25 September 1997 Moldless casting by laser
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Proceedings Volume 3102, Rapid Prototyping and Flexible Manufacturing; (1997) https://doi.org/10.1117/12.281310
Event: Lasers and Optics in Manufacturing III, 1997, Munich, Germany
Abstract
The principle of laser cladding involves the use of high power carbon-dioxide lasers and powder deposition technology to provide wear and corrosion resistant surface coatings to engineering components. By injecting metal powder into a laser generated melt pool on a moving substrate a solidified metal track can be produced. Deposition of successive tracks produces a multi-layer build. Laser direct casting (LDC) utilizes a coaxial nozzle enabling consistent omnidirectional deposition to produce 3D components from a selection of metal powders. The influence of the principal process parameters over the process features namely, powder catchment efficiency, beam shape and build rates are presented with several successfully generated 3D components. Nickel, stainless steel and satellite powders were deposited at laser powders of 0.4 to 1.4 kW and speeds of 500 to 1000 mm/min achieving build rates of 3 to 9 mm3/s. Fully dense metallurgical structures have been produced with no cracking or porosity and powder catchment efficiencies up to 85% have been achieved.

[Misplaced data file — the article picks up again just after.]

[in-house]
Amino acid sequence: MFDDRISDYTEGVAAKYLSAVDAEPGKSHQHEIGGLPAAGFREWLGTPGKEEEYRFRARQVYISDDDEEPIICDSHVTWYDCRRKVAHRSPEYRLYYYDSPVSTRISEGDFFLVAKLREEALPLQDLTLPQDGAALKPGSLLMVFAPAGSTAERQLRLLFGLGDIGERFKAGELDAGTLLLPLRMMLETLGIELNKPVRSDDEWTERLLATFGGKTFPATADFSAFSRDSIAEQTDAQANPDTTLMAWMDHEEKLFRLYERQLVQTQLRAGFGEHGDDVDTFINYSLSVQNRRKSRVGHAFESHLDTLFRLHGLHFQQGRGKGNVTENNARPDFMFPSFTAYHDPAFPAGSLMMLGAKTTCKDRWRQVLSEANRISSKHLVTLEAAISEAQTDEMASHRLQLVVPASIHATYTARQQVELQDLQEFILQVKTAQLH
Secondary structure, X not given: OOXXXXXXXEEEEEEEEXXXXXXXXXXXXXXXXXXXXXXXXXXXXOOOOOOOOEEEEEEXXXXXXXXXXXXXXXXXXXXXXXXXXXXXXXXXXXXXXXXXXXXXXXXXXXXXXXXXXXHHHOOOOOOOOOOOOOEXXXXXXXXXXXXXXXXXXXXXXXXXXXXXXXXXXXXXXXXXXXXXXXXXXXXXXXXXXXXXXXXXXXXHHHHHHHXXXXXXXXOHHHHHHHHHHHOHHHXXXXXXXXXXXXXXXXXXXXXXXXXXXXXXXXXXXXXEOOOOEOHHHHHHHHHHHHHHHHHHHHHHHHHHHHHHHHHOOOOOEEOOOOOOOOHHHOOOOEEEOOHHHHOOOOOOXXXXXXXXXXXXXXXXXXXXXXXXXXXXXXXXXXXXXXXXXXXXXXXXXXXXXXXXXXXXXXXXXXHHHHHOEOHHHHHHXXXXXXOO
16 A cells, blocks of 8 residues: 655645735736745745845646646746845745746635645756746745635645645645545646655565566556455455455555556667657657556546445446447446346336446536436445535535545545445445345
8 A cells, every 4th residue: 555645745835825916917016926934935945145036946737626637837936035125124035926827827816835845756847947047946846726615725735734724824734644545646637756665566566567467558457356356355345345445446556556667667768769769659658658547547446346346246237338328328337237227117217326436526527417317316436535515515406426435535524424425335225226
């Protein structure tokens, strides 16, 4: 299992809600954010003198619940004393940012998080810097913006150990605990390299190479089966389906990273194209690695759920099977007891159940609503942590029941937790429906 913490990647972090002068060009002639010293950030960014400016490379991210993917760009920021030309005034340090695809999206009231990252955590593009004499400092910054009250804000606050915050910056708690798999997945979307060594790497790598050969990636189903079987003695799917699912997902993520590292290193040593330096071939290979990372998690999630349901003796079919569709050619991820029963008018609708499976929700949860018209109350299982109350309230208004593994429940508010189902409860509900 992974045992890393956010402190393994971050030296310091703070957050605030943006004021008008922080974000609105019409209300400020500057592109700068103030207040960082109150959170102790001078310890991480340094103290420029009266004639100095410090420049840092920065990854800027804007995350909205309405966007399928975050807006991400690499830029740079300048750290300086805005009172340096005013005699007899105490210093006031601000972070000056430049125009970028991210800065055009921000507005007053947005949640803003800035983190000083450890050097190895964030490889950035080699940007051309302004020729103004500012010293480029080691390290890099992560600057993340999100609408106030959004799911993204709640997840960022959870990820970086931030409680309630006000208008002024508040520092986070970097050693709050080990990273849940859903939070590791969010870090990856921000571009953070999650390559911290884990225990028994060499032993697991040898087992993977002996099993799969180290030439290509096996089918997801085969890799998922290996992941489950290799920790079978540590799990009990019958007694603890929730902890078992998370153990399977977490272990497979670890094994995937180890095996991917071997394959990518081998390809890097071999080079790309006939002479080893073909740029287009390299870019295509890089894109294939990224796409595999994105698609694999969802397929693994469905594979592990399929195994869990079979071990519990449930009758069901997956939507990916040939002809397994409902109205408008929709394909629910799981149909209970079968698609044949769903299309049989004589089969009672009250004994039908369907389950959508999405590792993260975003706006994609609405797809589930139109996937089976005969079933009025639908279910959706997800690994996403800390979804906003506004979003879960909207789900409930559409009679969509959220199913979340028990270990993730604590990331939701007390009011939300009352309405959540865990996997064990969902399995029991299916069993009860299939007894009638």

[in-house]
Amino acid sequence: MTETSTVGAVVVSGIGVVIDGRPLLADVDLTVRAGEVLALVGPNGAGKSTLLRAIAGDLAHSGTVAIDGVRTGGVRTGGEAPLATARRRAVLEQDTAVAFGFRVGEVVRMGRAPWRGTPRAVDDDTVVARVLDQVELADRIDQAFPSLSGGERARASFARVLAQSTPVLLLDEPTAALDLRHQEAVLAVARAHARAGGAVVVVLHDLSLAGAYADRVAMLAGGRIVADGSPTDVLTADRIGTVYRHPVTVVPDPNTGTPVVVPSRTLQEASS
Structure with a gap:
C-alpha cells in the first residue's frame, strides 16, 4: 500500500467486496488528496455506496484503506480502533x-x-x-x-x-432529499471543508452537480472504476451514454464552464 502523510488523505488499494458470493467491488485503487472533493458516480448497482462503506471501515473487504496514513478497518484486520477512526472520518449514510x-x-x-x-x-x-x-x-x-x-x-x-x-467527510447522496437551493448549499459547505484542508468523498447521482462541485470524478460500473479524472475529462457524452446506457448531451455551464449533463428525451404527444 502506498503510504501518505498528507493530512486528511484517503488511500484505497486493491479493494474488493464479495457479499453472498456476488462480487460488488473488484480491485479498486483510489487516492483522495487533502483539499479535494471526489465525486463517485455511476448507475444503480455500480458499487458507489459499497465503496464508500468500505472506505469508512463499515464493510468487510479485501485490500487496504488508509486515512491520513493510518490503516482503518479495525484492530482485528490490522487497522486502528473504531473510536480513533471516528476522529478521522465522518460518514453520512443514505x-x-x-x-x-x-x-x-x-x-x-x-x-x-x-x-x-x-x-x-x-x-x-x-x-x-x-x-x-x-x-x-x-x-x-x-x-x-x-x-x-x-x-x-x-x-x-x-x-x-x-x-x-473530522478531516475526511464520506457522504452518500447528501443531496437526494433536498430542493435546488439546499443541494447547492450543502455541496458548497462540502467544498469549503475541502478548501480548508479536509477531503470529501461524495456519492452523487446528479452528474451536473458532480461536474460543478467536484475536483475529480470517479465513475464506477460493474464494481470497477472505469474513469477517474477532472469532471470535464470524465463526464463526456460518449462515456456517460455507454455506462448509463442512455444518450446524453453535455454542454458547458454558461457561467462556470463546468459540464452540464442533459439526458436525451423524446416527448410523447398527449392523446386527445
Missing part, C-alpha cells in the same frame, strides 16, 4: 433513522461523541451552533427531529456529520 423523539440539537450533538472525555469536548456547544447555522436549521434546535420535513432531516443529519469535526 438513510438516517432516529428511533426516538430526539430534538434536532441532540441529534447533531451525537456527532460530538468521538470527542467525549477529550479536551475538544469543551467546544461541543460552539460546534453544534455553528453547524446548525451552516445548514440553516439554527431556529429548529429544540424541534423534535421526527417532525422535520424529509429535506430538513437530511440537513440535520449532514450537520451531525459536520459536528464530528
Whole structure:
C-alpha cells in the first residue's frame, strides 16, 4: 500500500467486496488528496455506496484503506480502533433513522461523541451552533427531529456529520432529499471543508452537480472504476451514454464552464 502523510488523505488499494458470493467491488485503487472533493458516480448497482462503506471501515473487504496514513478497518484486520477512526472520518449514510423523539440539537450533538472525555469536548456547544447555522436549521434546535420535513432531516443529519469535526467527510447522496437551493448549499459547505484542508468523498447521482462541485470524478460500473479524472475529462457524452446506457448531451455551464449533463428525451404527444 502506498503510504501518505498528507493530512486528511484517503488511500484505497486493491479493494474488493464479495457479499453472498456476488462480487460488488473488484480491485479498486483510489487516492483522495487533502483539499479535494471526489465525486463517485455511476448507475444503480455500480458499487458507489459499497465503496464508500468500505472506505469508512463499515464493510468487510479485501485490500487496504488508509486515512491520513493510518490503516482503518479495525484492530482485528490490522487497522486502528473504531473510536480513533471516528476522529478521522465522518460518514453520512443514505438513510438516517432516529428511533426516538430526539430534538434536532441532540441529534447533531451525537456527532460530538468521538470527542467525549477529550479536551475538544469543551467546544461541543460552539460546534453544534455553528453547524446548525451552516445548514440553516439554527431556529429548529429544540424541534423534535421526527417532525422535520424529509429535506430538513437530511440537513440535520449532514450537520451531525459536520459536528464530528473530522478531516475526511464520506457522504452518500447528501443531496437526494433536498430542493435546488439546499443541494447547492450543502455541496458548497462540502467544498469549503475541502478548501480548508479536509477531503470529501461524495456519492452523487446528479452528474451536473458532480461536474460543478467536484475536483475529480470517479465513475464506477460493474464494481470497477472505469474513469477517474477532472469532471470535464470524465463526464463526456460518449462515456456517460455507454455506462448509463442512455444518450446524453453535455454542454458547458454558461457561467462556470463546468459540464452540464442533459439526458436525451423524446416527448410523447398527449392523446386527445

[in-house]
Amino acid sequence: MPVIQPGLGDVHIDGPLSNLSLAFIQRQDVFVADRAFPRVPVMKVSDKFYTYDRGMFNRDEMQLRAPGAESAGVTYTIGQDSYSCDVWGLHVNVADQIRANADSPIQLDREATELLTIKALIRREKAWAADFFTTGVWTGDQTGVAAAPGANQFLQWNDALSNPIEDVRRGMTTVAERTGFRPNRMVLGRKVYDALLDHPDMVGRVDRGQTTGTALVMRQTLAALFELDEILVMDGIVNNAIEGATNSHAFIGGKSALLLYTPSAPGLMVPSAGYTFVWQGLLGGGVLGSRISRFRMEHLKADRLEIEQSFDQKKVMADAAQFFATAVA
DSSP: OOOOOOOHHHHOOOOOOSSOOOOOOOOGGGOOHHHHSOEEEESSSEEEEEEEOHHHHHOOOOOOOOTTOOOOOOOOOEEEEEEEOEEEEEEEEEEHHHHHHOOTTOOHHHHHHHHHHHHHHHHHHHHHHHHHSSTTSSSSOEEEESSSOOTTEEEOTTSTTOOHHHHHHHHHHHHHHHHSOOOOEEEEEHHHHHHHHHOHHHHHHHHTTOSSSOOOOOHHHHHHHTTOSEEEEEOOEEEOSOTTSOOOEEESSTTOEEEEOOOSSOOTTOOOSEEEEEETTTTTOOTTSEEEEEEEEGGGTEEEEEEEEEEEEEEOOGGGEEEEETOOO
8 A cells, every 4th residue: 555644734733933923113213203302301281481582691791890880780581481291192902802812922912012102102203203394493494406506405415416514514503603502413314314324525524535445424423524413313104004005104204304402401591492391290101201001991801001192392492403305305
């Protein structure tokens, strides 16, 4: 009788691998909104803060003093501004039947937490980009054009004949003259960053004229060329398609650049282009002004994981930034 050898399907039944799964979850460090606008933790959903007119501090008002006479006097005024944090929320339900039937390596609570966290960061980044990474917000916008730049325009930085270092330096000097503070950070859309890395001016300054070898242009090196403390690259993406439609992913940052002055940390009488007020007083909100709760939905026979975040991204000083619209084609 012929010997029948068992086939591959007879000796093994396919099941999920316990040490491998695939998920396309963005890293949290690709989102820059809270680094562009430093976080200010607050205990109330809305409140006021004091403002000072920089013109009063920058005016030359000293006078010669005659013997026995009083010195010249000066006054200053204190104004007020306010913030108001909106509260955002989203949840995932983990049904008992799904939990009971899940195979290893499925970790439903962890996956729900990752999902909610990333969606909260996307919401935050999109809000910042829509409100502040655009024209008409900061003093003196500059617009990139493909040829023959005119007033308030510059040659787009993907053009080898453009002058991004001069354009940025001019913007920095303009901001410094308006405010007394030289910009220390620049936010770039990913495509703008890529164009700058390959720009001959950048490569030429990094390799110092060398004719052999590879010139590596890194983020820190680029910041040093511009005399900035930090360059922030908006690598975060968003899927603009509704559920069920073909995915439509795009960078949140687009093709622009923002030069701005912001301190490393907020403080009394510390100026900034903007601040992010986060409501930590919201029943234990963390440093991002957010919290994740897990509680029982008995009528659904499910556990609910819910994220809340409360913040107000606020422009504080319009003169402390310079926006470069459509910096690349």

© (1997) COPYRIGHT Society of Photo-Optical Instrumentation Engineers (SPIE). Downloading of the abstract is permitted for personal use only.
Marc A. McLean, Marc A. McLean, G. J. Shannon, G. J. Shannon, William M. Steen, William M. Steen, } "Moldless casting by laser", Proc. SPIE 3102, Rapid Prototyping and Flexible Manufacturing, (25 September 1997); doi: 10.1117/12.281310; https://doi.org/10.1117/12.281310
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